Some of your Bartletts will make the grade for fresh packing. Others are headed for the processor.
If you can, decide which are which now, during winter, while you’re still pruning.
Every year, the Washington and Oregon pear industry strives for the right balance of fresh market pears and those headed to the region’s two canneries. Some growers have cannery contracts for all their Bartlett acreage. Others play the field to find the best prices for their crop each year.
With cannery prices set for 2023 at a relatively healthy $395 per ton, this is a good year to target blocks early for their respective markets, said Steve Carlson, field manager for Del Monte, the Northwest’s largest canner. Those prices are likely to stick around, he said.
“The Bartlett market will continue at a favorable incline for a while,” he said, due to a healthy supply and demand balance.
It’s possible — in fact, common — to make the decision at the point of harvest with ring picking: using a sizing ring to determine which pears go fresh and which go process. Some growers have “sieves” that let smaller, cannery-bound pears fall through.
But deciding early lets you tailor pruning for each consumer destination. A few growers in Washington’s Yakima Valley shared their tricks with Good Fruit Grower.
First: “Let’s choose the right trees,” said Shawn Phelps, a Yakima Valley grower.
He targets his younger, more vigorous trees for fresh and his older trees for the cannery. The biggest difference in pruning is size goals, he said.
The fresh market demands large pears, which means pruning to expose fruiting buds to sunlight and to isolate them so they don’t suffer limb rub, Phelps said.
“We try to get these packed,” Phelps said, pointing to several rows of Bartletts planted around 2001.
“We’re going to prune these hard,” he said. He aims to keep all the smaller limbs, for a “better chance of size and not getting scuff marks. So, you’re trying to separate them out.”
For fruiting wood, he and his longtime orchard manager, Trino Arias, seek out 1-year-old branches growing upward, which they then shorten to encourage new vigor and to thicken them up for support. They also prune away larger nearby branches that could shade out the developing fruit later in the season.
Cannery pears come from his older trees, which don’t move nutrients as quickly and don’t size up fruit as efficiently.
Canneries want tonnage, which means pruning to encourage high yields. He leaves more fruiting branches, figuring size and limb rub is not as important.
“These trees … they’re just older,” he said while pointing to a block close to 90 years old. “You’re going to leave a lot more brush on them, so you get more fruit.”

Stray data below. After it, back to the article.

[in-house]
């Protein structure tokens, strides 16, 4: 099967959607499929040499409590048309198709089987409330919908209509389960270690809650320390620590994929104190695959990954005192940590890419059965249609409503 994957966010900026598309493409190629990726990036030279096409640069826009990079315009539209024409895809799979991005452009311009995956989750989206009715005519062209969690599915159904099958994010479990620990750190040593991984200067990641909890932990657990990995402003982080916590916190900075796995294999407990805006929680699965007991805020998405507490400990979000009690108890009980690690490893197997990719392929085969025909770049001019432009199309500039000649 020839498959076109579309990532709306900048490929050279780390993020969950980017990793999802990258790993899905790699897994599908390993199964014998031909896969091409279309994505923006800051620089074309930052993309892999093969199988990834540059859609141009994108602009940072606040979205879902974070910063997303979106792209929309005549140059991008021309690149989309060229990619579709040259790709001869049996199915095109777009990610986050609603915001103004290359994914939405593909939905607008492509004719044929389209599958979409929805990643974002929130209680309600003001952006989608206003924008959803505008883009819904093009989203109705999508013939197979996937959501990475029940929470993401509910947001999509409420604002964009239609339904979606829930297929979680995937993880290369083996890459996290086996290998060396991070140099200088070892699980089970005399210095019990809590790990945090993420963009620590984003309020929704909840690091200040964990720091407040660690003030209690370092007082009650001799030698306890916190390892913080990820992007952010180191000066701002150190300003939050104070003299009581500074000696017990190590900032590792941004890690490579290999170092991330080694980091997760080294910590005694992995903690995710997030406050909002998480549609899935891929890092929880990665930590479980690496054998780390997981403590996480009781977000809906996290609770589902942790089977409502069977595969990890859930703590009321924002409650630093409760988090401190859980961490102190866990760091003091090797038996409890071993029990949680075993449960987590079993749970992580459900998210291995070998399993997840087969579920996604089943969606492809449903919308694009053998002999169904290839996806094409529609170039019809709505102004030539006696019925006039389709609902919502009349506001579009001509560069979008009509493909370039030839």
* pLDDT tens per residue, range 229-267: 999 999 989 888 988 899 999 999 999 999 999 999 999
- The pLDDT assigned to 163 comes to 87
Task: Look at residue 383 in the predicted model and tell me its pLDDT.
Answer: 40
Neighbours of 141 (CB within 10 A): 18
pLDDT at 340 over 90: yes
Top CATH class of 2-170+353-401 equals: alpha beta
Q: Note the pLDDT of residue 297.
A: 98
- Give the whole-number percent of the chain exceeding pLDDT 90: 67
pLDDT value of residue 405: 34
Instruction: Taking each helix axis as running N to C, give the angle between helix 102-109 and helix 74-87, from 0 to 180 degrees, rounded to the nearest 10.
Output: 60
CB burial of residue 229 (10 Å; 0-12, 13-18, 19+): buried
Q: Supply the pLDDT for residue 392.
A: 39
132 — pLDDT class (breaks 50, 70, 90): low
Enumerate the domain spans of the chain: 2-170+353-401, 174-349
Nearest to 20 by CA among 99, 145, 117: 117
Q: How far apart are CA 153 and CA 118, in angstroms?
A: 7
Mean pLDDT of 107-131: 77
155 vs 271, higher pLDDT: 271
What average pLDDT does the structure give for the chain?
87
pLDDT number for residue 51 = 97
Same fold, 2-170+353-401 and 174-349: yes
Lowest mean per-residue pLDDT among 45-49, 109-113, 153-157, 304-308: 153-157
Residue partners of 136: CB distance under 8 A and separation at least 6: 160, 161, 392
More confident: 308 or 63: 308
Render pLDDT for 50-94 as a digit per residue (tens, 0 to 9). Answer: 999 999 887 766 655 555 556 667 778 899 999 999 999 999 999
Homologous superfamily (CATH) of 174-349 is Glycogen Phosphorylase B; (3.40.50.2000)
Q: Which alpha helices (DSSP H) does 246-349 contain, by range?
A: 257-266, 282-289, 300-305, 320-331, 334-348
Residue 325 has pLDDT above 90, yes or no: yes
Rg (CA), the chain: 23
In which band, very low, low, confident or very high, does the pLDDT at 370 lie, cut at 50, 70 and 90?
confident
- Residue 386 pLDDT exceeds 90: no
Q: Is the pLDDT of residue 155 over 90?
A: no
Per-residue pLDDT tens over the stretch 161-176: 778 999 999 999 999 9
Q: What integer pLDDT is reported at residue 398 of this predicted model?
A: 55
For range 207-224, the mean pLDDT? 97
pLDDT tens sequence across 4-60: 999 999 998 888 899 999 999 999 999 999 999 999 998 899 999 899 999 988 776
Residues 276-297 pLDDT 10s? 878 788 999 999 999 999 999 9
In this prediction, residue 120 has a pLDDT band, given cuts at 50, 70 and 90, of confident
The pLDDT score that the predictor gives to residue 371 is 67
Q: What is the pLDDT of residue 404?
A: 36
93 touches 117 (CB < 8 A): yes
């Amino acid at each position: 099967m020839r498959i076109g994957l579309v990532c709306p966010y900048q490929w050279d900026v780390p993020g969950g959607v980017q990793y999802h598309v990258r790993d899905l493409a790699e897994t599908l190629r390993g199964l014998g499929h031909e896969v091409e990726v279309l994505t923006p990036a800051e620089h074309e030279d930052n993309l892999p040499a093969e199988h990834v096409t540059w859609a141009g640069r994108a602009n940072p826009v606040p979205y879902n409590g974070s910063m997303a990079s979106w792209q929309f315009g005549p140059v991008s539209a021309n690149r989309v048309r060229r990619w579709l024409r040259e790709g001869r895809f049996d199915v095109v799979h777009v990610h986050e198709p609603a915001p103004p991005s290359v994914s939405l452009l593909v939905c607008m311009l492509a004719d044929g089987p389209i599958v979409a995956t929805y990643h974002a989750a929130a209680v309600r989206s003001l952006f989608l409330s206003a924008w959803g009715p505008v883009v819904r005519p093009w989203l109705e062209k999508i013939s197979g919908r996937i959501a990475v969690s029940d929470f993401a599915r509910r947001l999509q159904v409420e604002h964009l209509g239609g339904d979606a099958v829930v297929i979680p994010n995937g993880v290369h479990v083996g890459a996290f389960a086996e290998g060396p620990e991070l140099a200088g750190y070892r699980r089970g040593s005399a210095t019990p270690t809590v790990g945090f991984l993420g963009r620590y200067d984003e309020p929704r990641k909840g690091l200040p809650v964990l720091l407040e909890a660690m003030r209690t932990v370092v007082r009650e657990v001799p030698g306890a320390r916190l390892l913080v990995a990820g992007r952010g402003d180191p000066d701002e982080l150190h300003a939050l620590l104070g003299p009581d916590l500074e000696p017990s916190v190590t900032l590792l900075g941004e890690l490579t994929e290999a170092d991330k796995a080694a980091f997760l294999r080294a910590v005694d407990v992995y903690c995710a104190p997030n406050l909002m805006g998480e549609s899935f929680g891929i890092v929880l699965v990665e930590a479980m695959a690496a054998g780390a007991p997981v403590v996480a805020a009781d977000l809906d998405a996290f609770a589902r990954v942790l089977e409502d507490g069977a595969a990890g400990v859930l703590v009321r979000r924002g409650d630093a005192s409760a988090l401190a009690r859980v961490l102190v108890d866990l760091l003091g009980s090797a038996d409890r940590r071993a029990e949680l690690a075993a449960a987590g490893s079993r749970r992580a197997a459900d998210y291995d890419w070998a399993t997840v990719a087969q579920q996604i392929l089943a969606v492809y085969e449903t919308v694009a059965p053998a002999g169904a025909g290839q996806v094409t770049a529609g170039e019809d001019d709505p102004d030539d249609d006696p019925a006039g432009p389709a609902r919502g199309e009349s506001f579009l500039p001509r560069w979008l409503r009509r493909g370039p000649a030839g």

Phelps also applies more fertilizer to cannery trees to encourage more fruit, he said. Fertilizing younger trees too hard could risk fire blight.
For both fresh and processed pears, Phelps and Arias tip 1-year-old branches to invigorate the whole limb for bigger fruit.
“Anything that you want to grow, we tip,” he said.
Other growers had similar ideas about pruning for size vs. yield.
Andrew Sundquist of Sundquist Fruit and Cold Storage in Yakima selects younger, higher-density blocks for fresh pack and the older trees for cannery. He also prunes trees for fruit size based on market segment.
Most of his Bartlett blocks go to processing, though. They sit in areas with fewer heat units and don’t size as well, he said. However, the increase in demand for bagged fruit may open opportunities for smaller fruit on the fresh market.
Cannery prices have given Wapato grower Phil Doornink a sense of stability, making pruning decisions easier, he said.
“I love to know exactly what I’m going to get every year,” Doornink said.
Like his neighbor, Phelps, he prunes for size and sunlight and is wary of limb rub. He has blocks on top of a ridge exposed to high winds. He sets aside those trees for the cannery, even though they produce big pears. The fruit is usually too damaged for fresh pack, he said.
Leaves are complicating pruning this year, he said. The extended warm weather in the fall, followed by the sudden arrival of cold, left leaves clinging to branches into January. Making the best of it, however, Doornink said the leaves help him and his pruners find light channels for fruit, something that’s harder to guess when pruning leafless branches.
Doornink also cautioned against making decisions too rigidly.
Each winter, he flags trees for cannery or fresh, based on the size of the fruit they historically produce. He aims for a 50–50 split.
But he keeps his eye on the market throughout the year and adjusts accordingly. With cannery prices high, sometimes it makes more economic sense to just pick the whole block for processing, regardless of fruit size.
“We’re constantly in communication with our warehouse, with our sales desk,” he said.
—by Ross Courtney
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